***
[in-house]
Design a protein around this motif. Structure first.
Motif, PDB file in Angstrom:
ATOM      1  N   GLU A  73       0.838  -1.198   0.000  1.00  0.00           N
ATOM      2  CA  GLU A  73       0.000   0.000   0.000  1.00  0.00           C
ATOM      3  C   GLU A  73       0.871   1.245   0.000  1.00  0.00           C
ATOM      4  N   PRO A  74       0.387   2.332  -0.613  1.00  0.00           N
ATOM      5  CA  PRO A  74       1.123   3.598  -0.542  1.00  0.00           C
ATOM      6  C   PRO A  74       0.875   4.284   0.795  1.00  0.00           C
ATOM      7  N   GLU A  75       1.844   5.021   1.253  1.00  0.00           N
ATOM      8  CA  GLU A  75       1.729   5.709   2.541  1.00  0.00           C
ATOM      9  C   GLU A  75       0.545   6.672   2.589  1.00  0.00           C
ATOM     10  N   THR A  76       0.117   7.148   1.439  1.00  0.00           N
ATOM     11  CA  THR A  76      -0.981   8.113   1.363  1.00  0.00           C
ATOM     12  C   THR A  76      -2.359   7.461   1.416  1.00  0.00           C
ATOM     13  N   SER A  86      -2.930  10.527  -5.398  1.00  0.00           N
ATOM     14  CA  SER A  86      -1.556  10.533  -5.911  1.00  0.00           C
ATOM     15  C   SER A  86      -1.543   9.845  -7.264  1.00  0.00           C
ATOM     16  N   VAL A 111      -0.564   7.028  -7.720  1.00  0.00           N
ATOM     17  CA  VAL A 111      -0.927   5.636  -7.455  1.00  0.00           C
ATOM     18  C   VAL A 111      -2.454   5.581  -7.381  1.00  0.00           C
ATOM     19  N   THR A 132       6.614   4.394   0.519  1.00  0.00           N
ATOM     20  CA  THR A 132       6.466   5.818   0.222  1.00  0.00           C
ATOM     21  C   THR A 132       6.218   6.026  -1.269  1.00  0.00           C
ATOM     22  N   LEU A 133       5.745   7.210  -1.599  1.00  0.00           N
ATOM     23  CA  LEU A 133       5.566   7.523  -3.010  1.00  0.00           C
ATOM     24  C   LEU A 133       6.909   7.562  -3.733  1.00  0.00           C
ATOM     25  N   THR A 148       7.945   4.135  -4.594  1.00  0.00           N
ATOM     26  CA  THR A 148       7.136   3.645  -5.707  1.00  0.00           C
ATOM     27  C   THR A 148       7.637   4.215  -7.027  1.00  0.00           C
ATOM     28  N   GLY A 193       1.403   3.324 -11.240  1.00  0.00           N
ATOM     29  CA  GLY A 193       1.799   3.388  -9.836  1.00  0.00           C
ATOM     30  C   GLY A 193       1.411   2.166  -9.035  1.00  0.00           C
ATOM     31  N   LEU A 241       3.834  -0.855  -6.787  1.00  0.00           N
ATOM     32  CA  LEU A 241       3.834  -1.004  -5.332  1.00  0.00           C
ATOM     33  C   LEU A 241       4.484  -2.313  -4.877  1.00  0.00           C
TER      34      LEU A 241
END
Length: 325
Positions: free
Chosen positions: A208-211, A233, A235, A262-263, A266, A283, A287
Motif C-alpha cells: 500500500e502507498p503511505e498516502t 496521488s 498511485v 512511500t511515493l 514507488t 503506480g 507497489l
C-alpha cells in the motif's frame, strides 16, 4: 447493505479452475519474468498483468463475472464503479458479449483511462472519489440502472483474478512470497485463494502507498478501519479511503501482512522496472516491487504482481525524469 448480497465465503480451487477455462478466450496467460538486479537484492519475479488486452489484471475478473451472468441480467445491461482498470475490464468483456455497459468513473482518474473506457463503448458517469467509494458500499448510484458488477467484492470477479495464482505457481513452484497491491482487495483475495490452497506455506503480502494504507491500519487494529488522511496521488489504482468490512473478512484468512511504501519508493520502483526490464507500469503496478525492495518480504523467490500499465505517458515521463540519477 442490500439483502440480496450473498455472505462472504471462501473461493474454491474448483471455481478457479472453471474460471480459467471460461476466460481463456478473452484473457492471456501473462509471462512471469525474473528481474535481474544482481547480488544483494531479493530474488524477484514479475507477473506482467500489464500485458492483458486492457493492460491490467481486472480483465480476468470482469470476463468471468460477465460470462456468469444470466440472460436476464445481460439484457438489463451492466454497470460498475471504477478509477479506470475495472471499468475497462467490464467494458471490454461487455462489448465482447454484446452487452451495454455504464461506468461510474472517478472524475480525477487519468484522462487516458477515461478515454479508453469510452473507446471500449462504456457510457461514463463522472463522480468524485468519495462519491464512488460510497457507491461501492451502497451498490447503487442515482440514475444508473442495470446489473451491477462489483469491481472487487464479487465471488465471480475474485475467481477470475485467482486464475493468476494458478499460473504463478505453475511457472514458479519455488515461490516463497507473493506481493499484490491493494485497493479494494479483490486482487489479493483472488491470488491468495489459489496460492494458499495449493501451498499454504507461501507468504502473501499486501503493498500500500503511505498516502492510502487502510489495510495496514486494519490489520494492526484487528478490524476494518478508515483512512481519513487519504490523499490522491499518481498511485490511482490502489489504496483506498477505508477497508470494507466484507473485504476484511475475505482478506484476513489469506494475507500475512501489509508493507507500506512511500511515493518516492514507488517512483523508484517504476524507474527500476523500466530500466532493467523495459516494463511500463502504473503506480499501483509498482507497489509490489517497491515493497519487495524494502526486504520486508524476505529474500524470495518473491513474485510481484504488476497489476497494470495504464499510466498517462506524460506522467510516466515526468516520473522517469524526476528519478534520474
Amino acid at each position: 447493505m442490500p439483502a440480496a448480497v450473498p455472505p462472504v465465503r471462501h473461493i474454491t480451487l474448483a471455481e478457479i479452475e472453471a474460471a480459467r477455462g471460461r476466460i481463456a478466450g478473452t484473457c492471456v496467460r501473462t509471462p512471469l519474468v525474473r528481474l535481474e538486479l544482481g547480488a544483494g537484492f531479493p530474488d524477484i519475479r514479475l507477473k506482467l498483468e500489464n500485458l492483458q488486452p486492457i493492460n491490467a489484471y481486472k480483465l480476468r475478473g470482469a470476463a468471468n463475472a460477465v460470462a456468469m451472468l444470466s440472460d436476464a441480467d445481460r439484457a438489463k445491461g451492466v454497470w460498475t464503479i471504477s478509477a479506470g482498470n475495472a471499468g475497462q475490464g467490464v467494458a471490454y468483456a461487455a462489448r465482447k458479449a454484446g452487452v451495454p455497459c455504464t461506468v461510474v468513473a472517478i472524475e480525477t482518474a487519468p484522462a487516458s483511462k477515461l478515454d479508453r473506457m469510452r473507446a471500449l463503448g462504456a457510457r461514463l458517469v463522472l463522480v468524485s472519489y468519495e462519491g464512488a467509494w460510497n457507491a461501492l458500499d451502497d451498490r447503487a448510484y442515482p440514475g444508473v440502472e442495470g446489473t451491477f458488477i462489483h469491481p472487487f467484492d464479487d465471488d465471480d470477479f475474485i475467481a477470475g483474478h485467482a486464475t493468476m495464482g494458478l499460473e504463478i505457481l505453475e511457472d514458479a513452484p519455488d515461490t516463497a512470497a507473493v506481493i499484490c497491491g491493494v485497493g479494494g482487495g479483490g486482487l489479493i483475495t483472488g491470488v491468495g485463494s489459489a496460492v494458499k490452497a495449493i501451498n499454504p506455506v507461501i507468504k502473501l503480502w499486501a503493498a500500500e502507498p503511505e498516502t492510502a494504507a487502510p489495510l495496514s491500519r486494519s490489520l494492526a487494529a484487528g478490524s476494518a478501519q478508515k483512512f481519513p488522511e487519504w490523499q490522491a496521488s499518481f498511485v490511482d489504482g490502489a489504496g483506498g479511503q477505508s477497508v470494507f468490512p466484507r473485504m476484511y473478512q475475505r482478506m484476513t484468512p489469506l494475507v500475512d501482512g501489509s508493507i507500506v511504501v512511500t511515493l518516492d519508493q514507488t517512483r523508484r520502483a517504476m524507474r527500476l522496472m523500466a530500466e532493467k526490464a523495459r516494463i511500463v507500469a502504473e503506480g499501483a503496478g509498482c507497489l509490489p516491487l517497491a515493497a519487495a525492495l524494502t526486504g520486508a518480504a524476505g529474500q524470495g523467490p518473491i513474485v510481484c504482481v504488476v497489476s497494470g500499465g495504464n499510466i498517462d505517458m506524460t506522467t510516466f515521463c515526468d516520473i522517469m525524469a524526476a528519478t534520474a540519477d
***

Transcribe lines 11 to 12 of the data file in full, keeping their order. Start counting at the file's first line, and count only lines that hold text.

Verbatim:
ATOM      8  CA  GLU A  75       1.729   5.709   2.541  1.00  0.00           C
ATOM      9  C   GLU A  75       0.545   6.672   2.589  1.00  0.00           C